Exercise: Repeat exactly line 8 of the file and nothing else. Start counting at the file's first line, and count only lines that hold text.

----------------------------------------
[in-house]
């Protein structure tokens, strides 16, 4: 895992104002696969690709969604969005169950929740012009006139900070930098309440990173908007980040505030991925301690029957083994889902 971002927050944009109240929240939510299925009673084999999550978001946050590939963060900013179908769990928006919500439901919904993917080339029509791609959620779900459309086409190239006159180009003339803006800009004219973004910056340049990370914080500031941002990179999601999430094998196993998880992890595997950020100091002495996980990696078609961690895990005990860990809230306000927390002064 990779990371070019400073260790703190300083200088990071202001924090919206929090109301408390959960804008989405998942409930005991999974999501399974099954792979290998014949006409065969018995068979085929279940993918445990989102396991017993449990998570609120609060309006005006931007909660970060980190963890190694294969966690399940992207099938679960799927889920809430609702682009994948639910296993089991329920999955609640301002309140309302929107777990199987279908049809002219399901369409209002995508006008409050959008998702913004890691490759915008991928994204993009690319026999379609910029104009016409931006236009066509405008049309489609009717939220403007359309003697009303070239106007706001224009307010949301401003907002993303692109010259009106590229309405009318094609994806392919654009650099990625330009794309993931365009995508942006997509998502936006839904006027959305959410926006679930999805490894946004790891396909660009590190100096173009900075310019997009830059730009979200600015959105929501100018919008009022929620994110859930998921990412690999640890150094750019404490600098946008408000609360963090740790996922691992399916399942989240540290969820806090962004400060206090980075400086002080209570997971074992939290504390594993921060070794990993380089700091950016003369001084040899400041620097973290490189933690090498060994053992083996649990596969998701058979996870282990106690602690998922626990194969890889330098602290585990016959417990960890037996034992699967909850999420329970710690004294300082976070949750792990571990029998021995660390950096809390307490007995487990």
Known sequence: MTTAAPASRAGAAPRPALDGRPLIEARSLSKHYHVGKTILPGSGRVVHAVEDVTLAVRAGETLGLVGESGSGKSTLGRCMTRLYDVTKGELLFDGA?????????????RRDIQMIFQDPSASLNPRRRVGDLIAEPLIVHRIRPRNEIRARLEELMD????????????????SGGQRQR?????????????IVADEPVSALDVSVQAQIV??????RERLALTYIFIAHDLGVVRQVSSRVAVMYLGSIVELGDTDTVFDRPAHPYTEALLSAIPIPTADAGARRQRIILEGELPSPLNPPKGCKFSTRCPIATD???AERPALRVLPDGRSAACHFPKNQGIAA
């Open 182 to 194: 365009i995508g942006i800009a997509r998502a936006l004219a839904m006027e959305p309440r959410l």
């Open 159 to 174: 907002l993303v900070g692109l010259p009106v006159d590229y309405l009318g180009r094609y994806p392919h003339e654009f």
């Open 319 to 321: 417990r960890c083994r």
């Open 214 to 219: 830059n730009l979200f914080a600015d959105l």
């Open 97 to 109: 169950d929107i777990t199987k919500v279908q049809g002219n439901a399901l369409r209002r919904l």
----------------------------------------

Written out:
């Open 97 to 109: 169950d929107i777990t199987k919500v279908q049809g002219n439901a399901l369409r209002r919904l």